Several other Black Line Londoner’s recently did a #50Days50Runs challenge. And it seems we are in good company as Jo Carritt, Pro Triathlete and EverydayTraining coach, also makes this an important part of her season prep.
We asked Jo if she would write a guest blog on on the topic for us so we could get the view of a pro, and we’re delighted that she said yes! Thanks Jo…….
50 runs in 50 days is a challenge that I have given to many of the athletes that I coach, and do myself most years at the beginning of my season. It is derived from a challenge that I learned about from my former coach Scott Molina: 30 runs of 30 minutes in 30 days. That has a pleasing symmetry about it and gives a month of running focus…without too much focus on the running!
Getting back into shape after Christmas, I opted to lengthen the duration of the challenge, but still kept the minimum run requirements low at either 30minutes or 6 km- my gym just happens to be 6km away, but down a hill – it’s an easy option for a run but I couldn’t see myself running around the block for 5minutes to make up the time! Of course within my 7 weekly runs I would be including my long runs and I found that I preferred to take a day off running and do a double run day each week: that’s something that I’ll often include in my regular schedule anyway, with run 1 being a “loosener” first thing in the morning, and run 2 a pace-focused run workout later in the day. Another easy way to catch up runs is to run to and back from the pool, gym or any other appointment; one of my rules is that there must be at least 30 min between runs for them to be considered as distinct runs.
I find the 50 runs in 50 days ‘challenge’ to be useful for a number of reasons:
1) Done early in your run build phase, or when resuming training after some time off with injury, and is beneficial because it removes your focus away from pace, distance, intensity, training zones etc and purely gets you to think about time on your feet and regularity. 2 medium runs, a long run and a brick run is plenty of running each week for most age-group Ironman athletes and if your running is already at a good weekly volume (30-40miles/week) then you still get to do these runs within the 30/30/30 challenge, with the addition of regular short runs to boost your overall run volume. Here’s my run volume for the first 7 weeks of 2013 thanks to the 50in 50.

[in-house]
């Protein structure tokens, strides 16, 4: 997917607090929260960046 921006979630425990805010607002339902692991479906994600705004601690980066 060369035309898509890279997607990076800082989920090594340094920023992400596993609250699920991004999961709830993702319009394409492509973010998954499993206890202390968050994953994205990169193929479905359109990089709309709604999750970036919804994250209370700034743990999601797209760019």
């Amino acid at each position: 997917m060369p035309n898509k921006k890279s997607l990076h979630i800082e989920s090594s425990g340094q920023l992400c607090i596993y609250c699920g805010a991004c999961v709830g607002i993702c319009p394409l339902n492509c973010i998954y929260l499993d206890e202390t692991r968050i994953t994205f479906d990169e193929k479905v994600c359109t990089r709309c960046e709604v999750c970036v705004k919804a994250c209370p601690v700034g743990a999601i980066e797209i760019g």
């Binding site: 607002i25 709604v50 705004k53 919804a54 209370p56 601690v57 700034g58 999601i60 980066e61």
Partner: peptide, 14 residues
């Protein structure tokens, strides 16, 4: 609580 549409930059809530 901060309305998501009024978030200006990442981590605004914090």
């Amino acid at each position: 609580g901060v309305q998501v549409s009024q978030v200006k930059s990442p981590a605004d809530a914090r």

week 1 76km
week 2 85km
week 3 80km
week 4 55km
week 5 72km
week 6 69km
week 7 73km
Not massive mileage, but great consistency (I somehow managed a light week in week 4 after a camp in Fuerturventura, but that’s still around 5hrs of running) and I feel that this gives me a good basis for adding more intensity into my run sessions from here on.
2) The challenge requires that you run almost everyday. To gain a day off requires a day of multiple runs. After the first week, you will probably be running on tired legs nearly all the time – not exactly the same, but close, to how your legs are likely to feel when you head out of T2 on your Ironman. Loading the legs in smaller doses is somewhat safer than getting the same effect by doing very long runs, and will build up your strength – especially if those runs are incorporated into your commutes and you’re carrying a back-pack!
3) It’s a mental challenge. As well as forcing you to be creative about time management and where you can fit a half hour run into a busy day (a very useful skill to develop for high volume training required for an Ironman), it’s also a reason to get out and run even when your sure as hell don’t feel like it. If you take on the ‘challenge’ then its really mental fortitude that will get you through to the end. Just like doing an Ironman.
There are reasons NOT to do this – it’s pretty demanding and even the minimum amount (all runs at 30min) will give you a weekly run mileage of close to 30miles. Of course if your usual recent run mileage is much less than this, it’s probably not suitable – however you could always adjust the parameters – how about 20/20/20? Another common pitfall for even very fit athletes attempting the challenge is doing too many longer runs, and overdoing it. In 2008 I progressed from 40/40/40 to 50/50/50 – and made it to 90 days of 90 runs of 50 minutes or more. It was a close call when I got sick and had to miss several days in the middle, but by then I was sufficiently conditioned for high volume running AND had the benefit of a training camp where I could do up to 3 runs a day near the end of it. I stopped the challenge 4 days before my best ever Ironman performance, where I secured the European age-group Championship on the marathon.
If you fancy a great week of training with Jo in the mountains you can check out EverydayTraining’s next Camp in the Pyrenees
For more about Jo, check out www.joannacarritt.co.uk and EverydayTraining www.everydaytraining.org.uk
You can also follow Jo on Twitter.